Friday, October 2, 2009

Time of Change

I noticed in early Sept. that sunset was coming earlier and earlier. But in late September of a wet year, with temperatures perfect--day and night--for the human body, amid the scintillating green legacy fo a wet summer, each moment in the garden sometimes seems like it could go on forever.

Now it's a week and then some past the Equinox. The sun sets earlier and earlier, still...wait! I want more day! I'm not tired yet! There's work to be done!

But autumn comes, tree by tree this year. Nearly all the leaves on the ash by the front door have turned brown and fallen. A neighbor's hackberry is beginning to glow yellow, starting at the top and working down the green branches day by day.

And the surest sign of a waning season: I begin checking the weather forecasts nightly, not in hopes of rain (enough already!) but to judge the odds of a first frost, or just the cool temperatures that basil hates. At first I gaged a "cool night" by whether it went below 60; now I realize I'm satisfied with mid-50's, elated by 60's, and dread 40's.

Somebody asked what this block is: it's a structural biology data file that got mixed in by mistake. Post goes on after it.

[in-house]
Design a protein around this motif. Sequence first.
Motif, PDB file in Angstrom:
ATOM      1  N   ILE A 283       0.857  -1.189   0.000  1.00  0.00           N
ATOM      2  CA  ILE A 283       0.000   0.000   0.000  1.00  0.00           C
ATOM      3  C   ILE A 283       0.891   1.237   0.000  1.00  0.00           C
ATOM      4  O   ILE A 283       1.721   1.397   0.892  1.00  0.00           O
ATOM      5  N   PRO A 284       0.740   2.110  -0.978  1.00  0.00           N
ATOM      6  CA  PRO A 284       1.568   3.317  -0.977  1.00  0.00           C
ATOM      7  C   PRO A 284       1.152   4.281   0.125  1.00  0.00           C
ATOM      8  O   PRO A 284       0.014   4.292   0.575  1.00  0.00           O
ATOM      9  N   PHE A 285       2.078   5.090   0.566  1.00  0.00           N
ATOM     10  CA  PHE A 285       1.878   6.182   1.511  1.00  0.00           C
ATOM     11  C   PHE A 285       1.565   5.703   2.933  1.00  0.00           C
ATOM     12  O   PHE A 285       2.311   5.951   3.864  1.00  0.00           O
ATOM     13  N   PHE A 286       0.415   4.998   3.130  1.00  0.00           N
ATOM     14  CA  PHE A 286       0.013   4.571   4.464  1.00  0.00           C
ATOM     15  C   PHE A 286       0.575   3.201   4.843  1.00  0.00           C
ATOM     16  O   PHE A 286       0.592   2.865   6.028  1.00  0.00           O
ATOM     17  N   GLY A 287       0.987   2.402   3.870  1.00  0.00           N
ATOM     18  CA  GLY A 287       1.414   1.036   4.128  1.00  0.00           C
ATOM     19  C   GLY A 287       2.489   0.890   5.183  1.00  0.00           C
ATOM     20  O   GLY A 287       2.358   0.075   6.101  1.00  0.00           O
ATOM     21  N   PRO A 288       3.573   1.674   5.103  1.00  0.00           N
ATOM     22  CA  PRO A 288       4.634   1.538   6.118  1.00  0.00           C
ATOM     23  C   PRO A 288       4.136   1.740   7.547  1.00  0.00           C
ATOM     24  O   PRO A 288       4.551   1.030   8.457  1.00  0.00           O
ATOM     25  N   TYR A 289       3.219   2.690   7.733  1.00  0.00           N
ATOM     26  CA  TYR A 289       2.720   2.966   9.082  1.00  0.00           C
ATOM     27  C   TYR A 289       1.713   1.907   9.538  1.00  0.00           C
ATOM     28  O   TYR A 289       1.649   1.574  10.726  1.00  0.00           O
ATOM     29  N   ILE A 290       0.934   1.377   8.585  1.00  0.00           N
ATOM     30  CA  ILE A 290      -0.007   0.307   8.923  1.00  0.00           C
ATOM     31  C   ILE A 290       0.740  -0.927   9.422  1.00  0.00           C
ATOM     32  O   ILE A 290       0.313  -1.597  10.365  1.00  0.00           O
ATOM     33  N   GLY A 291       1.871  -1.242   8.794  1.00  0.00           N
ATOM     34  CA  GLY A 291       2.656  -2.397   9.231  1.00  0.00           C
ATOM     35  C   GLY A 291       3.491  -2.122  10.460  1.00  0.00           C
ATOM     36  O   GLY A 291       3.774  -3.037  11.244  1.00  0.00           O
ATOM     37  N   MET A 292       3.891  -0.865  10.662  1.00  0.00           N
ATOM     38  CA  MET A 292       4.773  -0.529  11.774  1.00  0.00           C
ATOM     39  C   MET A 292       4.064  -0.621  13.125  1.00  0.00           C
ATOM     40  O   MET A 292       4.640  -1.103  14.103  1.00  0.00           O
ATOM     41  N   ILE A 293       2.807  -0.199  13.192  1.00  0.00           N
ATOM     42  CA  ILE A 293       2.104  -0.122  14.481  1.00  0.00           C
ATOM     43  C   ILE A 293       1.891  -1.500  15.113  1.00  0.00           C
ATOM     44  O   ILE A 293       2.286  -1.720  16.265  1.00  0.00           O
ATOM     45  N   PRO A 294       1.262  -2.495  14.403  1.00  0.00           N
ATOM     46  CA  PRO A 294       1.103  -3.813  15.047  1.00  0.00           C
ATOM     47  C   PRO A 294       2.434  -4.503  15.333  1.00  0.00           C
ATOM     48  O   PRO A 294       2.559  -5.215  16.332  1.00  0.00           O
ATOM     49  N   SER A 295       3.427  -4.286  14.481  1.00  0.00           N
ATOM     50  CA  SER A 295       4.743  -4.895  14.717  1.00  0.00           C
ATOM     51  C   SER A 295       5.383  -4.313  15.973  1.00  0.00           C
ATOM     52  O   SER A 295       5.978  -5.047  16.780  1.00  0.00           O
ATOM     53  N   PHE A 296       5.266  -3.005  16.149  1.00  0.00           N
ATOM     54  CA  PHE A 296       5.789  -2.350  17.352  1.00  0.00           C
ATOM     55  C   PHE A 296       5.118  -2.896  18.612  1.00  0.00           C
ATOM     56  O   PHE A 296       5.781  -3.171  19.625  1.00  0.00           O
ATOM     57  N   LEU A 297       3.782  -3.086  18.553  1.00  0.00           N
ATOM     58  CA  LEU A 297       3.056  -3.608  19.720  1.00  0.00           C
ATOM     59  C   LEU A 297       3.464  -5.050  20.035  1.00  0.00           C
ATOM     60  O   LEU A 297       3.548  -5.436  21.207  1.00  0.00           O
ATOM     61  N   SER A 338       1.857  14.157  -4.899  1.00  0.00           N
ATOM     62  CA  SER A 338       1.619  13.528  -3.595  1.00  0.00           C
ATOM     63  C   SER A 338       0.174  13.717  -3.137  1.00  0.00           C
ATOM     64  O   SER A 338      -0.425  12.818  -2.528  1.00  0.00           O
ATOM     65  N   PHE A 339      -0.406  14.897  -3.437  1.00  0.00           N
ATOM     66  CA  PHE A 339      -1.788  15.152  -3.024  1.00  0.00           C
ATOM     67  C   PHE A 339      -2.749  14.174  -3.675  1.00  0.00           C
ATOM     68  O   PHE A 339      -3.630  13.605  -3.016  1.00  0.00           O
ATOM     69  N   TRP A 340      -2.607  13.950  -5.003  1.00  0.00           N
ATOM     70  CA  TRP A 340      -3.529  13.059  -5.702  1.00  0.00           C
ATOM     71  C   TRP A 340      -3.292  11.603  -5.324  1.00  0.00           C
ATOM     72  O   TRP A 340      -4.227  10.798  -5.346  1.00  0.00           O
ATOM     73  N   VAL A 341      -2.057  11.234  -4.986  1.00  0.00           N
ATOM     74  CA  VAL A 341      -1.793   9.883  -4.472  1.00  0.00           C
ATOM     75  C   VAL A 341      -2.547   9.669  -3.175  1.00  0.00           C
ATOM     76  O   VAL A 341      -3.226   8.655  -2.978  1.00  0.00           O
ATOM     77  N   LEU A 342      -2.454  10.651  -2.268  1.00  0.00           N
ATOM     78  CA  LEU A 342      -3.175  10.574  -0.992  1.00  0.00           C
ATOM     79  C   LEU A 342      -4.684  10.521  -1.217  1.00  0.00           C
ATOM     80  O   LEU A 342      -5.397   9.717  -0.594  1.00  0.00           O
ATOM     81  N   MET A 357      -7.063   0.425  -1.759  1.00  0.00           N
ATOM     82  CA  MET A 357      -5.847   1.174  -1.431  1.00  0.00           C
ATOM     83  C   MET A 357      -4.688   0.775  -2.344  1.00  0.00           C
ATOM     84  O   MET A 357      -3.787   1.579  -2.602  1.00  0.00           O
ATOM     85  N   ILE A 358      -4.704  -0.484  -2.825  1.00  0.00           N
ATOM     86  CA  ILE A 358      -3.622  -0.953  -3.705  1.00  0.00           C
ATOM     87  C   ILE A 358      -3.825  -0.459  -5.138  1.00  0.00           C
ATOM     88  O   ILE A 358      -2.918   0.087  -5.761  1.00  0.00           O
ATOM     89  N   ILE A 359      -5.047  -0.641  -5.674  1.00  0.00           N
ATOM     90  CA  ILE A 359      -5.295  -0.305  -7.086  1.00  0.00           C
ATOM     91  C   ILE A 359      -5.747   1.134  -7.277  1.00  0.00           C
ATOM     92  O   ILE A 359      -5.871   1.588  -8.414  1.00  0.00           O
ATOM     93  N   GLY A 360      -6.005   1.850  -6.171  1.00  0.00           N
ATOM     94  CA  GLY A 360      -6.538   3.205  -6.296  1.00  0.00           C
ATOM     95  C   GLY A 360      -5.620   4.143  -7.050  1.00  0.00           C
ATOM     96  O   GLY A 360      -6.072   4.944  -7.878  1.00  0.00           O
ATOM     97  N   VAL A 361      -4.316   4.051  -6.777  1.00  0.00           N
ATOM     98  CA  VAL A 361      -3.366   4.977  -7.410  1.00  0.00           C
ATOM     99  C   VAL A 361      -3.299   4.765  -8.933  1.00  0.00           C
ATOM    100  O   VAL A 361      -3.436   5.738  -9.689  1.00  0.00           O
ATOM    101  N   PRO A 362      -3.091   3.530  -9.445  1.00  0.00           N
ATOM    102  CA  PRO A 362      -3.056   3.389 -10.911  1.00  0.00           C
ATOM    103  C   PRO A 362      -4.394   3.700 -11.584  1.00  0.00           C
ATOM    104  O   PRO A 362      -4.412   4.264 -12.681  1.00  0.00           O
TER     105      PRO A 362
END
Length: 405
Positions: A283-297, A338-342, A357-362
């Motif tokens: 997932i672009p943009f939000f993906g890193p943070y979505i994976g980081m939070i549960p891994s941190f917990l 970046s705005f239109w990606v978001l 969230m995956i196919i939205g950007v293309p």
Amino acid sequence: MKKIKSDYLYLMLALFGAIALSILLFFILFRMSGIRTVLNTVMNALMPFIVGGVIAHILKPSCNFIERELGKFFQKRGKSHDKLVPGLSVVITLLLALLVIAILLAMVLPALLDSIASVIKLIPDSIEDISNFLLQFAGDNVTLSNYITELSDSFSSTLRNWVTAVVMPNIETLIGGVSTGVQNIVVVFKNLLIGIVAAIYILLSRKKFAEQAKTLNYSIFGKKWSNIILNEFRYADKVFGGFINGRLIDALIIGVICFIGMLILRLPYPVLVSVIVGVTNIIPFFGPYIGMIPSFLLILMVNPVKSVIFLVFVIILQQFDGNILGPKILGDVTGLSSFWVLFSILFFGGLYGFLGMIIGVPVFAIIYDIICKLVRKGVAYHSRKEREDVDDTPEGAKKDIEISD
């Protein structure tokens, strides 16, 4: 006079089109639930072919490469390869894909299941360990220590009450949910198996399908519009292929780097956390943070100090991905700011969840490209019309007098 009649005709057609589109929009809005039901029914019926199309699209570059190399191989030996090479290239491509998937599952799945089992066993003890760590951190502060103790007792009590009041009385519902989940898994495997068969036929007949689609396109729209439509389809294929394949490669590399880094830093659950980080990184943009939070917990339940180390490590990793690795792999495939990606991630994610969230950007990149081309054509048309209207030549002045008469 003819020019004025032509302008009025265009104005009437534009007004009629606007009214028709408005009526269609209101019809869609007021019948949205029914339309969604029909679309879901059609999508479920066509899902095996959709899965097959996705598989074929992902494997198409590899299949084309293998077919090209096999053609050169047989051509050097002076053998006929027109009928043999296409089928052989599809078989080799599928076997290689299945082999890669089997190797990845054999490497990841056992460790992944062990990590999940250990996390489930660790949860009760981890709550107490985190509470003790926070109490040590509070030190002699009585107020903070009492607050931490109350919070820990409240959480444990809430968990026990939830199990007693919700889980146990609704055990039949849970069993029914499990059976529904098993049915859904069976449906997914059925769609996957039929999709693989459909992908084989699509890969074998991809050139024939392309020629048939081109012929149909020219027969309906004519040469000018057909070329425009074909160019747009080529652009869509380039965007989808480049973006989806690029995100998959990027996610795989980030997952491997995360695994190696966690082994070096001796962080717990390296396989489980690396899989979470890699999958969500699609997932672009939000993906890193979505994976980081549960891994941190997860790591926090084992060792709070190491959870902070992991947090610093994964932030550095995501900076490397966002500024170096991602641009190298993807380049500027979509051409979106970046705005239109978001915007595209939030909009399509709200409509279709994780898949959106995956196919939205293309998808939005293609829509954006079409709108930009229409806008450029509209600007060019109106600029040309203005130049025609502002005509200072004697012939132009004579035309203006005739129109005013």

I start fussing with all manners of row covers, trying to maintain warmer conditions for the lucrative favorites like basil and hot peppers. Then the wind blows, and all fall down or blow off. Sigh. Someday I'll figure out a fool-proof system that works with my no-till vegetable methods?

The rate of growth on many things slows noticeably. Other things seem to grow so fast I can see them. A big challenge for me is predicting how much salad crops will grow during the next week. Will they be too big by then? Should I pick them now? Today we decided that mizuna and tatsoi need picked every week for salad greens.

Seeds germinate so quickly, with the soil still relatively warm and moist. We've been planting as much as we can, reclaiming huge areas of the garden from fallowness.

Sometimes I'm not sure how to end an entry like this. It just keeps rolling on, little details following one on the other. But that is the way of this season....

Just like any other season on the farm, I suppose.

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